With a generous grant from the San Francisco FAITHS Program, CLGS began an outreach in 2013 to lesbian, gay, bisexual, and transgender (LGBT) seniors in residential care in the Bay Area. The program offers pastoral care and chaplaincy visits to seniors who are residing in group facilities or are shut-ins.

LGBT seniors face some particular challenges not shared by their heterosexual peers, including:

  • Anti-LGBT prejudice can lead to higher degrees of vulnerability to physical and emotional abuse;
  • Additional isolation from family because they may be estranged from their families of origin because of their sexual orientation or gender identity or because they do not have children of their own;
  •  Lack of recognition of their primary relationships, either because of prejudice on the part of care providers or because the couple feels unsafe to disclose the nature of their relationship;
  • Distance from peers in residential programs because of real or perceived homophobia and transphobia;
  • Pressure to hide or not disclose parts of their lives in order to avoid hostility.

In addition, LGBT seniors have been subjected to religiously based homophobia and transphobia throughout their lives. They are justifiably wary of religious people and may not have the same access to chaplaincy and pastoral care services for two reasons. First, homophobic and transphobic clergy may refuse to serve them or may condemn or stigmatize them and second, LGBT seniors may actively avoid clergy in order to prevent this kind of negative and damaging attention.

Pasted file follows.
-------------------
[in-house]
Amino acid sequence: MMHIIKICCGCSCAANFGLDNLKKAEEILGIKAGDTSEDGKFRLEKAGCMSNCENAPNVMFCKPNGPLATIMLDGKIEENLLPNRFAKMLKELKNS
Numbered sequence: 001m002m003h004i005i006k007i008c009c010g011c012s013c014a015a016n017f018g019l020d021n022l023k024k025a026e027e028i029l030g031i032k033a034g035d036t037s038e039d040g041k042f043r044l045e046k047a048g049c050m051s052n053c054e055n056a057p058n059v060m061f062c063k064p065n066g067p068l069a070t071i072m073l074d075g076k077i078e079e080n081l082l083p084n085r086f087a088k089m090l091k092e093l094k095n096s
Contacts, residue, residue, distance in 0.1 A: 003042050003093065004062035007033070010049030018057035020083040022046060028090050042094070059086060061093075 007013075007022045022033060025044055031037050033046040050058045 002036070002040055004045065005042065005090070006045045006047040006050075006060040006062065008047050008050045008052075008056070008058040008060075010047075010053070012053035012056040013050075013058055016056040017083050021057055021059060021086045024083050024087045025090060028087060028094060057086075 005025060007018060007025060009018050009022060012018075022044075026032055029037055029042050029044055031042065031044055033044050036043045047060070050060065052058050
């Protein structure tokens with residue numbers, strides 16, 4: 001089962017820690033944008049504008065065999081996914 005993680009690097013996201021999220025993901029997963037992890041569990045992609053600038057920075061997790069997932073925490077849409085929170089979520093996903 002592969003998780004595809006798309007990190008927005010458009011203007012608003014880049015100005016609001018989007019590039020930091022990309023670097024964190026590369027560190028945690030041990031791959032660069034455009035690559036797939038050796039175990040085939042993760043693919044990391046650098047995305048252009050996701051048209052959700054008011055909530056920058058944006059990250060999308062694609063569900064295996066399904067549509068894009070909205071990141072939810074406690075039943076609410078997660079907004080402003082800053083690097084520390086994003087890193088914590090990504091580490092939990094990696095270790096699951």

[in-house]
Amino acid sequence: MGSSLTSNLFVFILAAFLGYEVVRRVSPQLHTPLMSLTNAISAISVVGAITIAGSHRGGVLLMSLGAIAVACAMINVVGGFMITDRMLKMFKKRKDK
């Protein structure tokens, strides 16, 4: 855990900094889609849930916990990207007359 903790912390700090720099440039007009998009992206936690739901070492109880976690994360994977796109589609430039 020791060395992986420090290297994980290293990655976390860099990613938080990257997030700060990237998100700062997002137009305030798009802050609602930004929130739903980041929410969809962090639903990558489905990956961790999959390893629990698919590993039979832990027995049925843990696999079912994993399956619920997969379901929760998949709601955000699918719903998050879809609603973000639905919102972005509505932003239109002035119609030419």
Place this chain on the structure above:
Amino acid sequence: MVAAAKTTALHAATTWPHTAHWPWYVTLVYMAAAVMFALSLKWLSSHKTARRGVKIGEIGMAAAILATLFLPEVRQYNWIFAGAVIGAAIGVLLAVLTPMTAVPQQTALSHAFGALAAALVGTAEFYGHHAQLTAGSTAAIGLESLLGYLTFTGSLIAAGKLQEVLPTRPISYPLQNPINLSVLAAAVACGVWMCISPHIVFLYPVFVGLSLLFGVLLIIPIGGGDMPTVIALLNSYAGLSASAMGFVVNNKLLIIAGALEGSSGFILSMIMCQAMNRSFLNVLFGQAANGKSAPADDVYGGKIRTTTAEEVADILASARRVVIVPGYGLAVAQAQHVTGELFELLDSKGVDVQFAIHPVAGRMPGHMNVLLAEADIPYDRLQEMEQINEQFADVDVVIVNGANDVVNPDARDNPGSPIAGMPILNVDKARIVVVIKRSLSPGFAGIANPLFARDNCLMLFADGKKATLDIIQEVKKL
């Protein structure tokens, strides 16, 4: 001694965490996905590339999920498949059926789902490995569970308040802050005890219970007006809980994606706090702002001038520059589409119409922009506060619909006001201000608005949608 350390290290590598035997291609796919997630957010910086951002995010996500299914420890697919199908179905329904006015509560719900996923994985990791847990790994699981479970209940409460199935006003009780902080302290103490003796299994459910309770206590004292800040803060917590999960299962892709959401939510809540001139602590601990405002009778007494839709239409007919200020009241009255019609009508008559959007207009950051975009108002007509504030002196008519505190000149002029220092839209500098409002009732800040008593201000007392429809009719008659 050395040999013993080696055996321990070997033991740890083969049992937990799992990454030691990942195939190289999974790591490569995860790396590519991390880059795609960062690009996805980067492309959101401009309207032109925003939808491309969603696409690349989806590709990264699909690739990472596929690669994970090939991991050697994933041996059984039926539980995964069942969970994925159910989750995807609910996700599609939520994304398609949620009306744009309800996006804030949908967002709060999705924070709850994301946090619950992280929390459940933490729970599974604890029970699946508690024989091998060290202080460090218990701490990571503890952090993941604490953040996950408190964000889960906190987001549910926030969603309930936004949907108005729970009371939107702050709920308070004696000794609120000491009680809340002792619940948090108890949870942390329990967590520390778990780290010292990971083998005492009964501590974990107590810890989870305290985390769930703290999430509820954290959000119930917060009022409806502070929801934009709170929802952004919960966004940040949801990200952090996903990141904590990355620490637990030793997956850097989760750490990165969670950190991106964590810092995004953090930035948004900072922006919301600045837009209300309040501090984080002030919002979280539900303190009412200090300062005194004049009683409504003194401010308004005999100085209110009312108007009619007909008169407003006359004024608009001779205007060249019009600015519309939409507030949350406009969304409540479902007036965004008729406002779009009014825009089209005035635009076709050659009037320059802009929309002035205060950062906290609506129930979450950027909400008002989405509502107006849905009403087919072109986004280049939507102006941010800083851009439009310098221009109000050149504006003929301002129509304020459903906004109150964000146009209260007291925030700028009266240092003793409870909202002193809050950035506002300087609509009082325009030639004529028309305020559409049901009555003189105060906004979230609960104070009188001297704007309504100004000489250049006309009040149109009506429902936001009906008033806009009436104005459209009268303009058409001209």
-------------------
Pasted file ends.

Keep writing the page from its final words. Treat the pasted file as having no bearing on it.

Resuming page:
CLGS’s program for seniors offers culturally competent chaplaincy services that affirm LGBT elders as they are, while offering support for them. Our visiting chaplain, Jennifer Mahru, has worked with the aging population as well as people facing end of life issues. Seniors can be visited as often as once a week or at their convenience.

In addition to offering direct services last year and this coming year, CLGS has also produced a written resource for clergy about the particular needs of LGBT seniors. It is our hope that this will allow pastors and chaplains to more sensitively and confidently serve this population so that they can have equal access to pastoral care.